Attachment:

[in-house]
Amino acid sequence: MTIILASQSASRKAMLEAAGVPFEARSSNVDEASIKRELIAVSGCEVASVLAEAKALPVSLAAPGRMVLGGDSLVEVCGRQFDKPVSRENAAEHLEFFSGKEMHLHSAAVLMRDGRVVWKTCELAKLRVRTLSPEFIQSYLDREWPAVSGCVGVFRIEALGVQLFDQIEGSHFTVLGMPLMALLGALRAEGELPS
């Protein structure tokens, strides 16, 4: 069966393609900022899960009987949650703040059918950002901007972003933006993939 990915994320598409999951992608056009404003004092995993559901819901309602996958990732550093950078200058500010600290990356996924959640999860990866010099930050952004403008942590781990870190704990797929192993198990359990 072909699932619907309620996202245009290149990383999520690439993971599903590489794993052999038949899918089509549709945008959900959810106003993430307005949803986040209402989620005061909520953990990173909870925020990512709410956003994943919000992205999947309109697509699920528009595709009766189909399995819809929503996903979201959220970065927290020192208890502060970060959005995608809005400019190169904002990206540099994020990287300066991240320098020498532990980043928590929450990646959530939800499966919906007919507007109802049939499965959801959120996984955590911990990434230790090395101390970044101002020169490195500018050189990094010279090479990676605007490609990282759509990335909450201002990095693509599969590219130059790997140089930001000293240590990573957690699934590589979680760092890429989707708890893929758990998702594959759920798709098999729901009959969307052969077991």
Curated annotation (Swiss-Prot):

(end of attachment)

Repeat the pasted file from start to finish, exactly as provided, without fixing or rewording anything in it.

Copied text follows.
[in-house]
Amino acid sequence: MTIILASQSASRKAMLEAAGVPFEARSSNVDEASIKRELIAVSGCEVASVLAEAKALPVSLAAPGRMVLGGDSLVEVCGRQFDKPVSRENAAEHLEFFSGKEMHLHSAAVLMRDGRVVWKTCELAKLRVRTLSPEFIQSYLDREWPAVSGCVGVFRIEALGVQLFDQIEGSHFTVLGMPLMALLGALRAEGELPS
């Protein structure tokens, strides 16, 4: 069966393609900022899960009987949650703040059918950002901007972003933006993939 990915994320598409999951992608056009404003004092995993559901819901309602996958990732550093950078200058500010600290990356996924959640999860990866010099930050952004403008942590781990870190704990797929192993198990359990 072909699932619907309620996202245009290149990383999520690439993971599903590489794993052999038949899918089509549709945008959900959810106003993430307005949803986040209402989620005061909520953990990173909870925020990512709410956003994943919000992205999947309109697509699920528009595709009766189909399995819809929503996903979201959220970065927290020192208890502060970060959005995608809005400019190169904002990206540099994020990287300066991240320098020498532990980043928590929450990646959530939800499966919906007919507007109802049939499965959801959120996984955590911990990434230790090395101390970044101002020169490195500018050189990094010279090479990676605007490609990282759509990335909450201002990095693509599969590219130059790997140089930001000293240590990573957690699934590589979680760092890429989707708890893929758990998702594959759920798709098999729901009959969307052969077991």
Curated annotation (Swiss-Prot):